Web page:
“…it’s greatness keeps slip-sliding all over the place and every time you try to put your finger on it, it keeps moving all over the place. I’m not sure that it’s GREAT, but I am certain that it’s NOT terrible, and with a film this extreme, what other argument is there? There’s so little middle ground in a movie like this. There’s nothing boring about it.” – Adam Nayman
Esteemed critic Adam Nayman recently penned a book entitled It Doesn’t Suck: Showgirls, which argues for Paul Verhoeven’s notorious 1995 flop Showgirls as a misunderstood and fascinating work from a singular artist. Not only does Nayman aim to resuscitate the movie from its lowly reputation with thoughtful consideration, he also explores the factors (historical, critical, economic, sociocultural, etc.) that contribute to its regrettable place in pop culture—as well as its revisionist resurgence in recent years.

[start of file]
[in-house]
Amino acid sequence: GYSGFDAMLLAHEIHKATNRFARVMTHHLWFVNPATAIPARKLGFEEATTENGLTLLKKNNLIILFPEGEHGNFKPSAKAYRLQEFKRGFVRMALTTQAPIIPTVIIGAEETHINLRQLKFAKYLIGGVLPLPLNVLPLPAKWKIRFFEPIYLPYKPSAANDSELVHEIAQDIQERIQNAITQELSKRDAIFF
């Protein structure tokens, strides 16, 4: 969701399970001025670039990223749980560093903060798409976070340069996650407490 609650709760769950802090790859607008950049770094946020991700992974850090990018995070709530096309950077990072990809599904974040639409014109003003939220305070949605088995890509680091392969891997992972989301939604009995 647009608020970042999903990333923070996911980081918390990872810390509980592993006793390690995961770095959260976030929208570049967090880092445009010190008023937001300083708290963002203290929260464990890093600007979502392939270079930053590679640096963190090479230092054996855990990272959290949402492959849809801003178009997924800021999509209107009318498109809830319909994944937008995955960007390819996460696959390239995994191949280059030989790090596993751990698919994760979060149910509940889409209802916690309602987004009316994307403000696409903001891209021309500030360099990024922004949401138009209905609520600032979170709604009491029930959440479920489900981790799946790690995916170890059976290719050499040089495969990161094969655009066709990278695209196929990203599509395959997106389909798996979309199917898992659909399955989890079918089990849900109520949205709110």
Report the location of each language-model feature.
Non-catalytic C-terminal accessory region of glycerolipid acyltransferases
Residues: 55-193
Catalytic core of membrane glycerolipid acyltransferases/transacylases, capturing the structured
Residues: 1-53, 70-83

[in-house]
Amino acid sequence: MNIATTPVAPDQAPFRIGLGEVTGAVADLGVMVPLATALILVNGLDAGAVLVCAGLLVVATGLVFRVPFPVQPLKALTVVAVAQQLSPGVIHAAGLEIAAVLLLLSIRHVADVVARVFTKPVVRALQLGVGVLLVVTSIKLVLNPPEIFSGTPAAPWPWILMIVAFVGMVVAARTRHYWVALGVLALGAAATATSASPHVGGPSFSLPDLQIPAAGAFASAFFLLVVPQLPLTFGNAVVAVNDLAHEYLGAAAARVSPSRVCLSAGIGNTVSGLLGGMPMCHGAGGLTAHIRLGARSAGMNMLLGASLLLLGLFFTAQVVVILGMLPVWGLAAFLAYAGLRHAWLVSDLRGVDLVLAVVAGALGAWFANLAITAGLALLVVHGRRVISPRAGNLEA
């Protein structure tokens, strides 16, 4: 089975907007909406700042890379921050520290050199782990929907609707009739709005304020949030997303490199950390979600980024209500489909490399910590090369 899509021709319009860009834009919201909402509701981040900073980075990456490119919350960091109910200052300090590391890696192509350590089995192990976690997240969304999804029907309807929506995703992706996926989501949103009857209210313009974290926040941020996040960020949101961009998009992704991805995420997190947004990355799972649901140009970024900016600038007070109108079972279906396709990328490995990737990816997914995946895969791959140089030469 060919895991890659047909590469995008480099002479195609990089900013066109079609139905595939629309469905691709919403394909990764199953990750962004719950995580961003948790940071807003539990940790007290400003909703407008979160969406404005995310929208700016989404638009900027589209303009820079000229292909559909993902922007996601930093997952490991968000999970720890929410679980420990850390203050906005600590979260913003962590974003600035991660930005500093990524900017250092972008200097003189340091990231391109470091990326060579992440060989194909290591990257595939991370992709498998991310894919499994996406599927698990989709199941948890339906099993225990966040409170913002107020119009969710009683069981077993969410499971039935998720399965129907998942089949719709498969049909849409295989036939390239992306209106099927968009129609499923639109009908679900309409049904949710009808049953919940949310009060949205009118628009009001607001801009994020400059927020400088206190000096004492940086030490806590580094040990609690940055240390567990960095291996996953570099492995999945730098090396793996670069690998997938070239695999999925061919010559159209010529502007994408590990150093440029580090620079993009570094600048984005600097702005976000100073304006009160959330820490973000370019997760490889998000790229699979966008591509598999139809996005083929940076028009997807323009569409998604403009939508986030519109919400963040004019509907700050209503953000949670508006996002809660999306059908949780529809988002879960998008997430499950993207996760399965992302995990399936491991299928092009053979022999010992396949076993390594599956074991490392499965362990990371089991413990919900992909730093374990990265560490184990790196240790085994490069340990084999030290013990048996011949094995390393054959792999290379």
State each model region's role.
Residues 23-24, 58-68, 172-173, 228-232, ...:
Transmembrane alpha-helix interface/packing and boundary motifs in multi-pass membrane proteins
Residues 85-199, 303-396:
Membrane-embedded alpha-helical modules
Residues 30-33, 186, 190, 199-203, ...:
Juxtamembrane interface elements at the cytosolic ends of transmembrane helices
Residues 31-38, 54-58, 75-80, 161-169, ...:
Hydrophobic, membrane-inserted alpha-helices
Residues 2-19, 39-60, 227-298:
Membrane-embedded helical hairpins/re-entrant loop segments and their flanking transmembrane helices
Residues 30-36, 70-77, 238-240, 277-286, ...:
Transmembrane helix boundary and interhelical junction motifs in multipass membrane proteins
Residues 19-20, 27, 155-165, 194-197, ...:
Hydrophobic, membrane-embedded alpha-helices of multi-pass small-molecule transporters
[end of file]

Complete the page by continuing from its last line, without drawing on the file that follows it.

At a TIFF Bell Lightbox screening of Showgirls, Nayman was on hand to talk about his newly published monograph and the film itself—in all its complex and complicated glory.